Piece of Calgary's aviation history may literally fall apart

A piece of Calgary's aviation history — a CF-100 Canuck — is in danger of literally falling apart outside a northeast air museum.

Museum appealing for help to save city-owned CF-100 Canuck before it's too late

Gord Lowe, a board members at the Hangar Flight Museum says the first priority is to get the plane out of the elements. (Scott Dippel/CBC)

It could be an ignominious end for a Canadian veteran of the Cold War that sits outside an air museum in northeast Calgary.

The CF-100 Canuck is among the few artifacts the Hangar Flight Museum stores outside because there isn't enough room indoors. 

It's calling on the city to help it save the aging former RCAF jet.

The City of Calgary owns the 1950s twin-engine plane. The black-coloured aircraft has been stored outside since the 1960s.

Officials with the museum pressed city council earlier this month to help them save the aircraft. 

The chairman of the museum's board of directors, Jim Williams, told a council committee unless something is done soon, he fears the plane's wings may fall off or its landing gear may collapse.

Elements taking a toll

An examination of the aircraft shows paint peeling away, hanging wires and many of its surfaces covered with bird droppings.

Board member Gord Lowe tells CBC News the first priority is to get the plane out of the elements.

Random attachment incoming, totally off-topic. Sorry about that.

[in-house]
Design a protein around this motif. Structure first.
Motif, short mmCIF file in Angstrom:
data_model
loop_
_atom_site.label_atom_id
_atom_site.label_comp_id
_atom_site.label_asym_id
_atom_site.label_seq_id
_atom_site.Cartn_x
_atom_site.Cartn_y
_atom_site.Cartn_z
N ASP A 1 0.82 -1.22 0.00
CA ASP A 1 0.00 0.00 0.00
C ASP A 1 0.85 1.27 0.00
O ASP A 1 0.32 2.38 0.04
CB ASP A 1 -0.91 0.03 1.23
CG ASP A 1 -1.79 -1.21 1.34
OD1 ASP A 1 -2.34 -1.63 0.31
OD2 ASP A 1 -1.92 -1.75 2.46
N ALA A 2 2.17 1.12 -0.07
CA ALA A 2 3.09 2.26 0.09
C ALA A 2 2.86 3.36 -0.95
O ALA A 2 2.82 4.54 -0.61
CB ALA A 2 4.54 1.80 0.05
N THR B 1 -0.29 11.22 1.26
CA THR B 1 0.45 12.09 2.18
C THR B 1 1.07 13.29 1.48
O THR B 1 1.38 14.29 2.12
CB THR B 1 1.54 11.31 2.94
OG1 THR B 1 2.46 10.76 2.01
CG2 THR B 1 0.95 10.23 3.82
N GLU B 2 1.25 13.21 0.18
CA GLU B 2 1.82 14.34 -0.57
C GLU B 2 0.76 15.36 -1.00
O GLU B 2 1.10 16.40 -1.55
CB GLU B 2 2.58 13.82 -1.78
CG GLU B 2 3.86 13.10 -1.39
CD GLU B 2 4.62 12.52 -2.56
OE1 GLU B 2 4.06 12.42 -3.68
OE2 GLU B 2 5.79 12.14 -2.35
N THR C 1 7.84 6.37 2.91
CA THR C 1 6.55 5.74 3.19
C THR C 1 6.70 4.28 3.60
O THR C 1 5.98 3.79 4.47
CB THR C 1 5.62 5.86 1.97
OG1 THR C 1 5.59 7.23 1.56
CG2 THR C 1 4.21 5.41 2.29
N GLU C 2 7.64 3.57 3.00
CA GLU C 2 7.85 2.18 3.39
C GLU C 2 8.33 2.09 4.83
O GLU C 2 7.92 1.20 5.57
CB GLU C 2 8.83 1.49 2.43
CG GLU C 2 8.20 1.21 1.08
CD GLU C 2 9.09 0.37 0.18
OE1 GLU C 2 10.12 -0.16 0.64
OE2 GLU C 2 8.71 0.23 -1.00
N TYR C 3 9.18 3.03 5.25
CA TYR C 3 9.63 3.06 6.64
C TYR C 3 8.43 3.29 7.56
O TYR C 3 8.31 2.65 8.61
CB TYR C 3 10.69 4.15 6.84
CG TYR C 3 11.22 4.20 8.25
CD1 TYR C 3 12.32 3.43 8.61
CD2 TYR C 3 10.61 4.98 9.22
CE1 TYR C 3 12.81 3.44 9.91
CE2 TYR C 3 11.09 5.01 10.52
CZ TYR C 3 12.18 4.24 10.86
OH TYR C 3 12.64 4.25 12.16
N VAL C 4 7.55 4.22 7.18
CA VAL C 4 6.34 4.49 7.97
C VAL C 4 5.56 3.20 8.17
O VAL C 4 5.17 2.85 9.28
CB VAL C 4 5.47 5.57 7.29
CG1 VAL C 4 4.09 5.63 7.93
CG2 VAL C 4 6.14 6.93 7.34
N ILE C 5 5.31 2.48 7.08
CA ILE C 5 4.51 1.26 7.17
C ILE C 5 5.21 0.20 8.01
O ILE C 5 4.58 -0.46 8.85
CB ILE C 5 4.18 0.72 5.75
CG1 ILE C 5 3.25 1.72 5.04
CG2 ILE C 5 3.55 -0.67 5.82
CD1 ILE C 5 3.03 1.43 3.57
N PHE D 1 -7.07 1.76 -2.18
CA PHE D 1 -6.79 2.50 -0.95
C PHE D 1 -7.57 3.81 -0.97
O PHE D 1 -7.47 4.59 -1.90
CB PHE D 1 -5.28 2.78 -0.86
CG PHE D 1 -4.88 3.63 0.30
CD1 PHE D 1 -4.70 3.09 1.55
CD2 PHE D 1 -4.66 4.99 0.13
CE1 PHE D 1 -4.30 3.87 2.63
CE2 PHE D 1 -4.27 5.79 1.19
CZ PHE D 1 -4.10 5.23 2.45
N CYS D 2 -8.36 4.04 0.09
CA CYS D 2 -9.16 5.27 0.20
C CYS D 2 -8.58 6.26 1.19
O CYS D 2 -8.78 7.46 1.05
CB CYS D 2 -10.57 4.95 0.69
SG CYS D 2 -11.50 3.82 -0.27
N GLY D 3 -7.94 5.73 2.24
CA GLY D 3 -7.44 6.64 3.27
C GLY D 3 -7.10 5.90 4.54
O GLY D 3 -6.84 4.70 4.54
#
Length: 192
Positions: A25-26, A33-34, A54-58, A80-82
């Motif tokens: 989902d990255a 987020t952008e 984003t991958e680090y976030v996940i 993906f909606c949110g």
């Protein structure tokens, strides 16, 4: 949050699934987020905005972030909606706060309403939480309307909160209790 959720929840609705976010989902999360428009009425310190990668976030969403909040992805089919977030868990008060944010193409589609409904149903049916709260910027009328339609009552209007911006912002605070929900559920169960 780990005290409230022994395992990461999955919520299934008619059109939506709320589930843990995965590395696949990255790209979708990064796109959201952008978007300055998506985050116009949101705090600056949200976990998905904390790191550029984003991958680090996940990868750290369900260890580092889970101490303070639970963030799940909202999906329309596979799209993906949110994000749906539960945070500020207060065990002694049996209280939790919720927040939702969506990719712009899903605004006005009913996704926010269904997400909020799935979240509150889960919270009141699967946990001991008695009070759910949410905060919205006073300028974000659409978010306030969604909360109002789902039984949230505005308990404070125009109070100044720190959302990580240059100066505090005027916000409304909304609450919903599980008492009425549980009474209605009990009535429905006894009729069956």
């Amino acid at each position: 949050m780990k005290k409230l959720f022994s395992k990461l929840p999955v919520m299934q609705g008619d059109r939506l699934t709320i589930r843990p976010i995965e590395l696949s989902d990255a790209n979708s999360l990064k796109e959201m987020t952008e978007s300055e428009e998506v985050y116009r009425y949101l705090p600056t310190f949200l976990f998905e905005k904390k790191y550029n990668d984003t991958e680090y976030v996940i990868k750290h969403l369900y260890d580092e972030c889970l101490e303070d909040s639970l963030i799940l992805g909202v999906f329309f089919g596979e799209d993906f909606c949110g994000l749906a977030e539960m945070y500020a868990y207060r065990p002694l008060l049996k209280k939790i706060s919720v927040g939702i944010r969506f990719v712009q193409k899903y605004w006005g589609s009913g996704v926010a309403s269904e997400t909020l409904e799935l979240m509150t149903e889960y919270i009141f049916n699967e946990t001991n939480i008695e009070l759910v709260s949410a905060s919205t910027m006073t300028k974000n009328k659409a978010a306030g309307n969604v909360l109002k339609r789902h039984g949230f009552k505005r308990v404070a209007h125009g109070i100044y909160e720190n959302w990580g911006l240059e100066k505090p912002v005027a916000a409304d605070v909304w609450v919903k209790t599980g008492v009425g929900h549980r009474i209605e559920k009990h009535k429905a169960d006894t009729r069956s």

"Weather is hard on aircraft being stored outside and it's deteriorating. We understand that," said Lowe.

Bird droppings are seen on the wing of a CF-100 Canuck. (Scott Dippel/CBC)

Officials from the museum met with city officials this week to talk about options for saving the Canuck.

"We're concerned. We're deeply concerned about it," said Lowe.

"The city's aware of it and they share our concern." 

Get it indoors to start

Lowe said in an ideal world, the plane should be moved indoors so it can be restored.

However, that work could take years and cost hundreds of thousands of dollars.

For now, he said they'd like to move it indoors, either as-is or disassemble it in order to get it out of the elements.

Damage is evident on the wing of a CF-100 Canuck outside the Hangar Flight Museum in northeast Calgary. (Scott Dippel)

There's no word yet on what the plan might be to preserve the jet.

It is a historically significant artifact.

Lowe said it's one of two fighter aircraft that were wholly designed and built in Canada. 

"Many veterans flew on, worked on, or were involved with this aircraft. It has a long history throughout the Cold War, so it's important I think that we retain and maintain the asset," said Lowe.

Canucks played a key role for RCAF

The Royal Canadian Air Force had nearly 700 Avro CF-100s in service. 

The twin-engine, all-weather interceptor was used in frontline service to defend Canada and Europe in the 1950s and 1960s.

Although it came into service during the early years of the Cold War, Canada continued using the Canuck in a variety of roles until the early 1980s.

Calgary's Canuck is believed to be one of the oldest surviving examples in the world. 

A local air force veterans' group acquired it in 1963 and donated it to the city.

It sat outside the planetarium downtown before eventually being moved to the air museum in the northeast where it has been on static display.


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